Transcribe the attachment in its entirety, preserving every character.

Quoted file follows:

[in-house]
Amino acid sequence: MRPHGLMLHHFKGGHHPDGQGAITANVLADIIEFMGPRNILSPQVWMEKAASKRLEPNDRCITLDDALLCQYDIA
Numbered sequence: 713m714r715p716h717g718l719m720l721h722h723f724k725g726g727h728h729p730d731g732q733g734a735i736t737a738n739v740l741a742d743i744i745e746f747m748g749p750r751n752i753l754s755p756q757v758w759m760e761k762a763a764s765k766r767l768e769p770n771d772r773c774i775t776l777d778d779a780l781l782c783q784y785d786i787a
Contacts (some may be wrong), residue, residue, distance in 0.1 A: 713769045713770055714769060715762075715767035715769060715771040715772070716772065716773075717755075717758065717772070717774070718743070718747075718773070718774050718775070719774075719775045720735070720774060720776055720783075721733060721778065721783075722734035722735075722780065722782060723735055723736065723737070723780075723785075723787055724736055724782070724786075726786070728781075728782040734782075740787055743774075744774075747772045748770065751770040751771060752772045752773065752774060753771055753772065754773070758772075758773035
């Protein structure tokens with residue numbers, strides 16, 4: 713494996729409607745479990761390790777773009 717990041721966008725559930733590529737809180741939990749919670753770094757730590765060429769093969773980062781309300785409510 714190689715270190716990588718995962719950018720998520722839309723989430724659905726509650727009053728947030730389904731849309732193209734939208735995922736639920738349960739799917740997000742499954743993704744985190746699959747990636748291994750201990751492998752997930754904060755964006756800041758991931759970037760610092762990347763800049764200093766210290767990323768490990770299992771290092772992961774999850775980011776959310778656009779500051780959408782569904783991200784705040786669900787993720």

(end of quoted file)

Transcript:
[in-house]
Amino acid sequence: MRPHGLMLHHFKGGHHPDGQGAITANVLADIIEFMGPRNILSPQVWMEKAASKRLEPNDRCITLDDALLCQYDIA
Numbered sequence: 713m714r715p716h717g718l719m720l721h722h723f724k725g726g727h728h729p730d731g732q733g734a735i736t737a738n739v740l741a742d743i744i745e746f747m748g749p750r751n752i753l754s755p756q757v758w759m760e761k762a763a764s765k766r767l768e769p770n771d772r773c774i775t776l777d778d779a780l781l782c783q784y785d786i787a
Contacts (some may be wrong), residue, residue, distance in 0.1 A: 713769045713770055714769060715762075715767035715769060715771040715772070716772065716773075717755075717758065717772070717774070718743070718747075718773070718774050718775070719774075719775045720735070720774060720776055720783075721733060721778065721783075722734035722735075722780065722782060723735055723736065723737070723780075723785075723787055724736055724782070724786075726786070728781075728782040734782075740787055743774075744774075747772045748770065751770040751771060752772045752773065752774060753771055753772065754773070758772075758773035
């Protein structure tokens with residue numbers, strides 16, 4: 713494996729409607745479990761390790777773009 717990041721966008725559930733590529737809180741939990749919670753770094757730590765060429769093969773980062781309300785409510 714190689715270190716990588718995962719950018720998520722839309723989430724659905726509650727009053728947030730389904731849309732193209734939208735995922736639920738349960739799917740997000742499954743993704744985190746699959747990636748291994750201990751492998752997930754904060755964006756800041758991931759970037760610092762990347763800049764200093766210290767990323768490990770299992771290092772992961774999850775980011776959310778656009779500051780959408782569904783991200784705040786669900787993720």